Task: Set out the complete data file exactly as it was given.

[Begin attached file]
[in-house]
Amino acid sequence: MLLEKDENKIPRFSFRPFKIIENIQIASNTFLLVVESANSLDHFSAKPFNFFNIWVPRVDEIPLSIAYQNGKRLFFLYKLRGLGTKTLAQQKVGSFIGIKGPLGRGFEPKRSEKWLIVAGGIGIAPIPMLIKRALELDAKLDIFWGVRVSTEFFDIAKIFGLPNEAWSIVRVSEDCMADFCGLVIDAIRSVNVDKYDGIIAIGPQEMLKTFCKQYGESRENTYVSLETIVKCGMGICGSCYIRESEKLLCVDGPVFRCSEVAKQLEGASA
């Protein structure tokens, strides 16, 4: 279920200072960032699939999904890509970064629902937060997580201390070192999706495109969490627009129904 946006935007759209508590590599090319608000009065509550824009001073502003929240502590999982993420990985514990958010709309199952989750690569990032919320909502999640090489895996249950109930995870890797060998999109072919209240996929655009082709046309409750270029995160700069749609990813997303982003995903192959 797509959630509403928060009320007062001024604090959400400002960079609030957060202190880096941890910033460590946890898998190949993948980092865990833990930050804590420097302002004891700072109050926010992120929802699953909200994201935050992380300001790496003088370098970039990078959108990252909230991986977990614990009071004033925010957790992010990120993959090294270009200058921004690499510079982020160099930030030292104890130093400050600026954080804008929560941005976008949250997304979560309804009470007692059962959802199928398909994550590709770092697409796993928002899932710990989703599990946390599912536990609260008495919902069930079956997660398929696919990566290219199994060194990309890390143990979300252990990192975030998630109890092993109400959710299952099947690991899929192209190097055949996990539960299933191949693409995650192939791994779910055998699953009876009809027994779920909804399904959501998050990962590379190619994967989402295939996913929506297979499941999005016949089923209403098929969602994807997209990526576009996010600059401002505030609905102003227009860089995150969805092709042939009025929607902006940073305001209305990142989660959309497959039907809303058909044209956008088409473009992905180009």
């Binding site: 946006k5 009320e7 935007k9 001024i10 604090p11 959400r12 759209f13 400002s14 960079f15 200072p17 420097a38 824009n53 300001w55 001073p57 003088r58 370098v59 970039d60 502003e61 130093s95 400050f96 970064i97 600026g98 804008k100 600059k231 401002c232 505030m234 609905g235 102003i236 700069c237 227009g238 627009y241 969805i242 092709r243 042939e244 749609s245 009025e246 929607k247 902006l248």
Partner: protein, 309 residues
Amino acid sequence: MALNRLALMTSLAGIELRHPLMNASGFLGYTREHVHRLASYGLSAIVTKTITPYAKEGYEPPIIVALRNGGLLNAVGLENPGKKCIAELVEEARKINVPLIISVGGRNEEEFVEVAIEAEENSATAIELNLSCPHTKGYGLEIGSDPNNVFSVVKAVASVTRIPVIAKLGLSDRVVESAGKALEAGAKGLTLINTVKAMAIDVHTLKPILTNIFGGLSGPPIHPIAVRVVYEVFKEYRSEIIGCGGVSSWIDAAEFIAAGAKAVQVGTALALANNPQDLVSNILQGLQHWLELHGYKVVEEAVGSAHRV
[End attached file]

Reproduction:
[in-house]
Amino acid sequence: MLLEKDENKIPRFSFRPFKIIENIQIASNTFLLVVESANSLDHFSAKPFNFFNIWVPRVDEIPLSIAYQNGKRLFFLYKLRGLGTKTLAQQKVGSFIGIKGPLGRGFEPKRSEKWLIVAGGIGIAPIPMLIKRALELDAKLDIFWGVRVSTEFFDIAKIFGLPNEAWSIVRVSEDCMADFCGLVIDAIRSVNVDKYDGIIAIGPQEMLKTFCKQYGESRENTYVSLETIVKCGMGICGSCYIRESEKLLCVDGPVFRCSEVAKQLEGASA
């Protein structure tokens, strides 16, 4: 279920200072960032699939999904890509970064629902937060997580201390070192999706495109969490627009129904 946006935007759209508590590599090319608000009065509550824009001073502003929240502590999982993420990985514990958010709309199952989750690569990032919320909502999640090489895996249950109930995870890797060998999109072919209240996929655009082709046309409750270029995160700069749609990813997303982003995903192959 797509959630509403928060009320007062001024604090959400400002960079609030957060202190880096941890910033460590946890898998190949993948980092865990833990930050804590420097302002004891700072109050926010992120929802699953909200994201935050992380300001790496003088370098970039990078959108990252909230991986977990614990009071004033925010957790992010990120993959090294270009200058921004690499510079982020160099930030030292104890130093400050600026954080804008929560941005976008949250997304979560309804009470007692059962959802199928398909994550590709770092697409796993928002899932710990989703599990946390599912536990609260008495919902069930079956997660398929696919990566290219199994060194990309890390143990979300252990990192975030998630109890092993109400959710299952099947690991899929192209190097055949996990539960299933191949693409995650192939791994779910055998699953009876009809027994779920909804399904959501998050990962590379190619994967989402295939996913929506297979499941999005016949089923209403098929969602994807997209990526576009996010600059401002505030609905102003227009860089995150969805092709042939009025929607902006940073305001209305990142989660959309497959039907809303058909044209956008088409473009992905180009």
């Binding site: 946006k5 009320e7 935007k9 001024i10 604090p11 959400r12 759209f13 400002s14 960079f15 200072p17 420097a38 824009n53 300001w55 001073p57 003088r58 370098v59 970039d60 502003e61 130093s95 400050f96 970064i97 600026g98 804008k100 600059k231 401002c232 505030m234 609905g235 102003i236 700069c237 227009g238 627009y241 969805i242 092709r243 042939e244 749609s245 009025e246 929607k247 902006l248």
Partner: protein, 309 residues
Amino acid sequence: MALNRLALMTSLAGIELRHPLMNASGFLGYTREHVHRLASYGLSAIVTKTITPYAKEGYEPPIIVALRNGGLLNAVGLENPGKKCIAELVEEARKINVPLIISVGGRNEEEFVEVAIEAEENSATAIELNLSCPHTKGYGLEIGSDPNNVFSVVKAVASVTRIPVIAKLGLSDRVVESAGKALEAGAKGLTLINTVKAMAIDVHTLKPILTNIFGGLSGPPIHPIAVRVVYEVFKEYRSEIIGCGGVSSWIDAAEFIAAGAKAVQVGTALALANNPQDLVSNILQGLQHWLELHGYKVVEEAVGSAHRV